If you are someone who is familiar with the business or nonprofit world, it is more than likely that you have heard the term “strategic planning”. The phrase gets thrown around quite often, and for good reason too. If done properly strategic planning can offer an organization many benefits, including increased efficiency, innovation, adaptability and longevity. While it may sound simple enough, in reality strategic planning can easily be done incorrectly. Fortunately, if you follow the critical steps for successful strategic planning outlined below, you and your organization will be well on your way to accomplishing its goals!
1.) Get your crew together
The first step is to determine who will be involved in the planning process. As a nonprofit you have a variety of stakeholders whose satisfaction is key to the organizations success. This means you should consider clients, funders, employees, volunteers and board members. Getting these groups to buy-in to the process will facilitate stronger relationships and give you valuable insights from different perspectives (Tregoe, 1983).
2.) Define the mission and vision for the organization
It is crucial to an organizations success that everyone involved understand the goals to be accomplished. Clearly articulating and creating a shared vision has been shown to improve employee performance and increase innovation (Moynihan, Pandey, & Wright, 2014). Furthermore, defining a short and long term vision provides a framework for developing more specific goals and strategies (United Way).
3.) Asses where you currently stand
The next step is to evaluate your organizations external and internal environments, commonly referred to as a SWOTs analysis (Strengths, Weaknesses, Opportunities, and Threats). Look for social, political, or economic trends that may impact your organization in the future. Many nonprofits make the mistake of ignoring their external environment and thus are slow to react when external issues manifest themselves (Renz, 2016). When looking internally ask where your organization could become more efficient. Do you utilize everyone to the best of their abilities? Do you have a variety of perspectives on which to draw information from?
4.) Identify strategic issues
After you have done your SWOTs analysis it will be evident which issues face the organization. For each issue it is then helpful to analyze its probability of occurrence and subsequent impact on the organization if the issue is not addressed. Determine what factors make the issue a fundamental challenge as well (Renz, 2016). This will aid you in your next step of developing a plan of action.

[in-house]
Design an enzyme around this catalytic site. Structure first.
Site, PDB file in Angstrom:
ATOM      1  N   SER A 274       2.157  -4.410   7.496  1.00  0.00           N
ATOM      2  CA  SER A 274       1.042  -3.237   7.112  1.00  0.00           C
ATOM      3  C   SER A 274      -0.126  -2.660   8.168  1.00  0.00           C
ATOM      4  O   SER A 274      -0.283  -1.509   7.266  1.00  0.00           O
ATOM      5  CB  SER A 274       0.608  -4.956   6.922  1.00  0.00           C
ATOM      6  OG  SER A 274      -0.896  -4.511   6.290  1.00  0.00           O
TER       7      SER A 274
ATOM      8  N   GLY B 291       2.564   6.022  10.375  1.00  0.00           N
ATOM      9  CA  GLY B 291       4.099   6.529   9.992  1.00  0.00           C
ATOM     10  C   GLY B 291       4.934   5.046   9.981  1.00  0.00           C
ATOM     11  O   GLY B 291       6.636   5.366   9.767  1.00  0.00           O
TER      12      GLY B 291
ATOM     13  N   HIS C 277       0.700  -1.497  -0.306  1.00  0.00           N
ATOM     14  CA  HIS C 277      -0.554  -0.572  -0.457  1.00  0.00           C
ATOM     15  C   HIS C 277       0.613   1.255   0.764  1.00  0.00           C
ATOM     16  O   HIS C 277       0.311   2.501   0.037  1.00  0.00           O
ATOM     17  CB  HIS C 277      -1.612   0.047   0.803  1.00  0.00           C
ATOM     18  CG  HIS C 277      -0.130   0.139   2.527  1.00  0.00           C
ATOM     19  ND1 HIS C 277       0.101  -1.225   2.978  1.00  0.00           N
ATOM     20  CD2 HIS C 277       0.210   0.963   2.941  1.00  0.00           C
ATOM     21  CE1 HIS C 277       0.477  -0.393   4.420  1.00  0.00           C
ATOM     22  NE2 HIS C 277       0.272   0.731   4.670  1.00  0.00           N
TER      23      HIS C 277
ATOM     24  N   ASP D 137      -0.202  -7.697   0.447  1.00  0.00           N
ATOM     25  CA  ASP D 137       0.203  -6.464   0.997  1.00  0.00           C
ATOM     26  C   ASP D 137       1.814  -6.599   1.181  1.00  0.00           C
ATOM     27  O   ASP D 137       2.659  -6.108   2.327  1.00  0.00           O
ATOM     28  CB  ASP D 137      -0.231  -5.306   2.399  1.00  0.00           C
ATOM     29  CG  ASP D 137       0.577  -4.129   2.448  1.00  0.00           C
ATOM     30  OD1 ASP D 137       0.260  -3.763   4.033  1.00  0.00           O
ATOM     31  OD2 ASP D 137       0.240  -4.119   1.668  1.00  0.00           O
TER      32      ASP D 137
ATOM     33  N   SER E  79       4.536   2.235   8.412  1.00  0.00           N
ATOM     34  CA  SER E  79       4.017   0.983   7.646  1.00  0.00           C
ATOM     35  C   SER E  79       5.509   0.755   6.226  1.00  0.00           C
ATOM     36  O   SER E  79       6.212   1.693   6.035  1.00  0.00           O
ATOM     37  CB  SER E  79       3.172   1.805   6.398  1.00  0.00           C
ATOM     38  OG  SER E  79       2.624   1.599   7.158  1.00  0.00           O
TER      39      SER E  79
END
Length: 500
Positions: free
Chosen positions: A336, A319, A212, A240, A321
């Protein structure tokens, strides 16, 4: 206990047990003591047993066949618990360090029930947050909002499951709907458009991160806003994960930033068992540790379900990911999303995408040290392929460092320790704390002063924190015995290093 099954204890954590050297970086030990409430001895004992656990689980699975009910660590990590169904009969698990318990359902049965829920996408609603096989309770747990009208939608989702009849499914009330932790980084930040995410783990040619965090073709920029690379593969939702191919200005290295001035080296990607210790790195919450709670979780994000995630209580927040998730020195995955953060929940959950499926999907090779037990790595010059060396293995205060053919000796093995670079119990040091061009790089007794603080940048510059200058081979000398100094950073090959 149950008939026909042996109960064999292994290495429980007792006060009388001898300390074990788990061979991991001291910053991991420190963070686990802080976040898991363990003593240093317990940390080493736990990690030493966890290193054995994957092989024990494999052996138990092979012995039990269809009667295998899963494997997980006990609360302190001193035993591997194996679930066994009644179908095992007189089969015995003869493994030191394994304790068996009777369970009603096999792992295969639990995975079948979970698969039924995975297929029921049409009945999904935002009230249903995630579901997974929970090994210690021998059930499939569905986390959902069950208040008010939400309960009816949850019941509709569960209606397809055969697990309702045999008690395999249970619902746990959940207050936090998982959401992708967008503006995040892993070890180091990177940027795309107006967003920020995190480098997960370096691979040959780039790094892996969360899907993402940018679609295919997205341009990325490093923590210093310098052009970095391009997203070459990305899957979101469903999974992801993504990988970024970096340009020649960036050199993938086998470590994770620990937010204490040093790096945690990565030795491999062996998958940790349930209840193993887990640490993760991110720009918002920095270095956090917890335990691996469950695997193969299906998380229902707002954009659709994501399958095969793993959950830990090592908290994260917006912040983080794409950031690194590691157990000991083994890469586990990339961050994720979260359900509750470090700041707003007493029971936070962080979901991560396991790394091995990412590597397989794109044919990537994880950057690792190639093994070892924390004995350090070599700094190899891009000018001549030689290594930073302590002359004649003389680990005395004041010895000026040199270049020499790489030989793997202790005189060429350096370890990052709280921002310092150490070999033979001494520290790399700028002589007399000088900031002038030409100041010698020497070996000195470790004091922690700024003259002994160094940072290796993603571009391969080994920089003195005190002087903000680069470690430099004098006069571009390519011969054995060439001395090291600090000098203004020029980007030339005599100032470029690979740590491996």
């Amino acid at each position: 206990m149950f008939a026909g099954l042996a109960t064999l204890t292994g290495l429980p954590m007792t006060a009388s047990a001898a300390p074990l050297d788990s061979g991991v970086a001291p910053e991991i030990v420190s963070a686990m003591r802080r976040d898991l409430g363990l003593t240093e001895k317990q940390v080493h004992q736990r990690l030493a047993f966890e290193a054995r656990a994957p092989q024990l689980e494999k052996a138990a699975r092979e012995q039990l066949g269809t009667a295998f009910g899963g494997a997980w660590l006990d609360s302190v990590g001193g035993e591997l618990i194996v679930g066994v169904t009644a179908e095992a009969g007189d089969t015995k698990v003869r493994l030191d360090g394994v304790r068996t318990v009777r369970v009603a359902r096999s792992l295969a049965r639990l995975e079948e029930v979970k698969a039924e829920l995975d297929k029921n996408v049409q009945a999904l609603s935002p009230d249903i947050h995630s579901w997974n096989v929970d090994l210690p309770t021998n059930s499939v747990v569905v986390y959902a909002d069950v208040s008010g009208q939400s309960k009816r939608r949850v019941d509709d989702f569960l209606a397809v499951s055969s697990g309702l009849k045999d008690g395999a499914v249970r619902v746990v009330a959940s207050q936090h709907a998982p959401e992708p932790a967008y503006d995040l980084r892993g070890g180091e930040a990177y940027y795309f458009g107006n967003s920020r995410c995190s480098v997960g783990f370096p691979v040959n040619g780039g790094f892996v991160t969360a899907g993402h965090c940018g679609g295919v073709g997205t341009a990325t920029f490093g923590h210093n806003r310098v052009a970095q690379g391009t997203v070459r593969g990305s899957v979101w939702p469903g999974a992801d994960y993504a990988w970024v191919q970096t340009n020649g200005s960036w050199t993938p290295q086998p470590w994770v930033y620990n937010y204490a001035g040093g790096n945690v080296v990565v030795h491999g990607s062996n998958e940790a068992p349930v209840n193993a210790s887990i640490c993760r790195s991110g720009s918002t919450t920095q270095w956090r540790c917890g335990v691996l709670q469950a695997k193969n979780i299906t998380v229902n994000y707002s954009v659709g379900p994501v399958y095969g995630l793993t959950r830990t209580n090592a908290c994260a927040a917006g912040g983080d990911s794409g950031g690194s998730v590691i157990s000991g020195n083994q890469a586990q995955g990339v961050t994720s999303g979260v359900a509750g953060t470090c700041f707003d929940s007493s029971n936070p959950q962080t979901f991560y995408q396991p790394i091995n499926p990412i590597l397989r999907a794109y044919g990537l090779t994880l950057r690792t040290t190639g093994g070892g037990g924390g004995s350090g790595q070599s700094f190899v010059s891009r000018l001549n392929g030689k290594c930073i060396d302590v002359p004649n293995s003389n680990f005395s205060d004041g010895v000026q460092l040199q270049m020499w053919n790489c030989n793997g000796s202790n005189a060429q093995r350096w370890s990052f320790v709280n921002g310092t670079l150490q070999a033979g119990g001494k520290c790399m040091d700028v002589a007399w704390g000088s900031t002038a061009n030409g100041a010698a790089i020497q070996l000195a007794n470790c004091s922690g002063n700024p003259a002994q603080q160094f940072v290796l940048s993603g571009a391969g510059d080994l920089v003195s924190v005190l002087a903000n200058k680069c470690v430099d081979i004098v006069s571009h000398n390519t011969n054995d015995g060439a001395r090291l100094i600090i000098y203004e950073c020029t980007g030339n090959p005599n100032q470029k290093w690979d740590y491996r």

5.) Formulate strategic plans
It is now time to develop your plan on how to confront the issues facing the organization. If you have followed the previous steps you should have a variety of different stakeholders involved in this process. This is a key, as different stakeholders can offer a multitude of perspectives and expertise in a wide range of areas (Tregoe, 1983). For example, board members recruited from outside the organization each have unique background experiences and talents which they can draw upon. It is also critical that any plan receives agreement from all involved parties. By soliciting input and approval from an individual you empower them, which has been shown to result in increased workplace performance (Moynihan, Pandey, & Wright, 2014).
6.) Do it again
Once your plan has been underway for a significant period it is time to evaluate the outcomes. More than likely things will not be exactly as predicted. Even if success has been achieved, new issues will continue to arise. At this point it is time to go back to step 1 of the planning process and prepare for the next stage in your organizations development.
Strategic planning is an art unto itself. Unfortunately, there is no magic formula to make it all go perfectly, so don’t be discouraged if you run into a few hiccups along the way. Just by engaging in strategic planning your already miles ahead of your peers. Follow the steps above and before you know it your organization will be achieving its dreams.
Hamel, G., & Prahalad, C. K. (1989). Strategic intent. Harvard Business Review. 63-76.
Moynihan, D., Pandey, S., & Wright, B. (2014). Transformational Leadership in the Public Sector: Empirical Evidence of Its Effects. In Yogesh K. Dwivedi, Mahmud A. Shareef, Sanjay K. Pandey, and Vinod Kumar (87-105). Public Administration Reformation Market Demand from Public Organizations: New York: Routledge.
Renz, David O. The Jossey-Bass handbook of nonprofit leadership and management. John Wiley & Sons, 2016.
Tregoe, Benjamin. 1983. “The Challenges of Strategic Management.” In Top Management Strategy. Benjamin B. Tregoe and John W. Zimmerman. New York: Simon and Schuster.
United Way of Dane County. Strategic Planning Process.